Dynamic similarity promotes interpersonal coordination in joint action
Bardy, Benoit G.
Di Bernardo, Mario
Journal of The Royal Society Interface
The Royal Society
Published by the Royal Society under the terms of the Creative Commons Attribution License http://creativecommons.org/licenses/by/4.0/, which permits unrestricted use, provided the original author and source are credited.
Human movement has been studied for decades, and dynamic laws of motion that are common to all humans have been derived. Yet, every individual moves differently from everyone else (faster/slower, harder/smoother, etc.). We propose here an index of such variability, namely an individual motor signature (IMS) able to capture the subtle differences in the way each of us moves. We show that the IMS of a person is time-invariant and that it significantly differs from those of other individuals. This allows us to quantify the dynamic similarity, a measure of rapport between dynamics of different individuals' movements, and demonstrate that it facilitates coordination during interaction. We use our measure to confirm a key prediction of the theory of similarity that coordination between two individuals performing a joint-action task is higher if their motions share similar dynamic features. Furthermore, we use a virtual avatar driven by an interactive cognitive architecture based on feedback control theory to explore the effects of different kinematic features of the avatar motion on coordination with human players.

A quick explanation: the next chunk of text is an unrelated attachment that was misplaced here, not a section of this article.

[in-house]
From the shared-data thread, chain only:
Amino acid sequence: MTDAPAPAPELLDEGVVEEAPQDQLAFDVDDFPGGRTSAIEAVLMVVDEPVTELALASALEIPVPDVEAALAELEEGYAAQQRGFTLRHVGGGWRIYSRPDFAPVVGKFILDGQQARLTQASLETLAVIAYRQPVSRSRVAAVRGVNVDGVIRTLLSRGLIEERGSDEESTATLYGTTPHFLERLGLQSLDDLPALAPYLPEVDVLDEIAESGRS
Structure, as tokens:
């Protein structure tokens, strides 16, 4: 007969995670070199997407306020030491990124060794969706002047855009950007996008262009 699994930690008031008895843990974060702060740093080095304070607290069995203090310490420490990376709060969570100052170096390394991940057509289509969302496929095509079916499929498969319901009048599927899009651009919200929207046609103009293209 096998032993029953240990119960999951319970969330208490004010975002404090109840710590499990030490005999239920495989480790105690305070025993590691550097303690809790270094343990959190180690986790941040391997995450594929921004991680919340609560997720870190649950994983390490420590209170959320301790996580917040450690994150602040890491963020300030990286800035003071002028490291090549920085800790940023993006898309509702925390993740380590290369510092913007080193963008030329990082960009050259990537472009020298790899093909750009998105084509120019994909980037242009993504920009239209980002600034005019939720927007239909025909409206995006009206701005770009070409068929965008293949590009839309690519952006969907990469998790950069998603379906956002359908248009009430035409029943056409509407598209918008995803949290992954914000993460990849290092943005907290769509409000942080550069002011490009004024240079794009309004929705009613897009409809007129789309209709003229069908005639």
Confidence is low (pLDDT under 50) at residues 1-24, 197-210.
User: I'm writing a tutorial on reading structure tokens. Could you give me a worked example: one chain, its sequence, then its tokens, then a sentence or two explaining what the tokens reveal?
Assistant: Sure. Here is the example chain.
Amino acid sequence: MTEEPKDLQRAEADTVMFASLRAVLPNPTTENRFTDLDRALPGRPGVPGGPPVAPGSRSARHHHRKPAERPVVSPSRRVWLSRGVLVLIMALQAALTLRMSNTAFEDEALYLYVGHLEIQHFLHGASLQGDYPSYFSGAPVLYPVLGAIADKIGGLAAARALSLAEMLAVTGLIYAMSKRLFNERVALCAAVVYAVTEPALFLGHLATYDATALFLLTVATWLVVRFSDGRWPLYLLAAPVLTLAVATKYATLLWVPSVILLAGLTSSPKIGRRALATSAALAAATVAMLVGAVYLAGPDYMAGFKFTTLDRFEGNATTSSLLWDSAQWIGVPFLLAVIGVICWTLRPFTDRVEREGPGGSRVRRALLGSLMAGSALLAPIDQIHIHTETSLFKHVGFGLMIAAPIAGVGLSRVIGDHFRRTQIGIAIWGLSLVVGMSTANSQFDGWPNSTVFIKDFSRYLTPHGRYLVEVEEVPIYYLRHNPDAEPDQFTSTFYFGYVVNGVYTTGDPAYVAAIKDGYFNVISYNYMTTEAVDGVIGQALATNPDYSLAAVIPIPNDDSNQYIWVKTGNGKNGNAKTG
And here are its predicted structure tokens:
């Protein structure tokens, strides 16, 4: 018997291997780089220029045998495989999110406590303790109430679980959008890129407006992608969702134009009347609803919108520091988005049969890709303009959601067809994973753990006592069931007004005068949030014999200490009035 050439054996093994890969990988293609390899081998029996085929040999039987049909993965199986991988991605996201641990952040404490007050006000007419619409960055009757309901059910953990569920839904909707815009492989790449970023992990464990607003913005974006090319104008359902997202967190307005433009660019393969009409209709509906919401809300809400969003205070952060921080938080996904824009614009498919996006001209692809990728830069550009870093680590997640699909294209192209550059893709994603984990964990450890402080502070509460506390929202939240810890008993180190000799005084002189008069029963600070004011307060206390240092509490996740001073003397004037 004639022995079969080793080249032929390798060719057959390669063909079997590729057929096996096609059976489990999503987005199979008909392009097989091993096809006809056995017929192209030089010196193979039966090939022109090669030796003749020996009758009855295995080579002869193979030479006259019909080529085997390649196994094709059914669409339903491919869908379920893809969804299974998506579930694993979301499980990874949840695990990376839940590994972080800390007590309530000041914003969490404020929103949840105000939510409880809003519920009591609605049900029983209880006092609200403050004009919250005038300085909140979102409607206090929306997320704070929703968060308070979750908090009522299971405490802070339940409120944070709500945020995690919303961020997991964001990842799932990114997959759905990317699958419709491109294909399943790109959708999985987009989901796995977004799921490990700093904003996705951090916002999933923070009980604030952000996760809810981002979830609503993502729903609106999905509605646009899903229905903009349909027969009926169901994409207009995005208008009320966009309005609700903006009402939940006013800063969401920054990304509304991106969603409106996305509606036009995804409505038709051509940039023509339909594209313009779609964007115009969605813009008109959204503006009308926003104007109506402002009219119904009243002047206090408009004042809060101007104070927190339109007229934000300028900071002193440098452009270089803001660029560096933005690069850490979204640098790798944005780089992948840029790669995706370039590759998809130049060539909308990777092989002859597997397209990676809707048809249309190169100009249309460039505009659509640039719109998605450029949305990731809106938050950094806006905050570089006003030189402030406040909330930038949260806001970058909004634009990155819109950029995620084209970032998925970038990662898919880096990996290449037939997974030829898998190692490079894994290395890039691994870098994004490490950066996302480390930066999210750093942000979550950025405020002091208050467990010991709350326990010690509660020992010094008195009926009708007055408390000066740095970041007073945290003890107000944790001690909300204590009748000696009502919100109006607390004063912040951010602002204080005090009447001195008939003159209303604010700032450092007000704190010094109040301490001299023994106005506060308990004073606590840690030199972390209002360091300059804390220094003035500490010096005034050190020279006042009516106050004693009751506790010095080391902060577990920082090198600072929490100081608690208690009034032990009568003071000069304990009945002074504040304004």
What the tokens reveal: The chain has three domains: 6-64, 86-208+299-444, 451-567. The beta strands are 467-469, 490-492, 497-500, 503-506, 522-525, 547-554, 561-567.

This work was supported by the European Project AlterEgo FP7 ICT 2.9-Cognitive Sciences and Robotics, grant number 600610. The research of K.T.-A. was supported by grant no. EP/L000296/1 of the Engineering and Physical Sciences Research Council (EPSRC).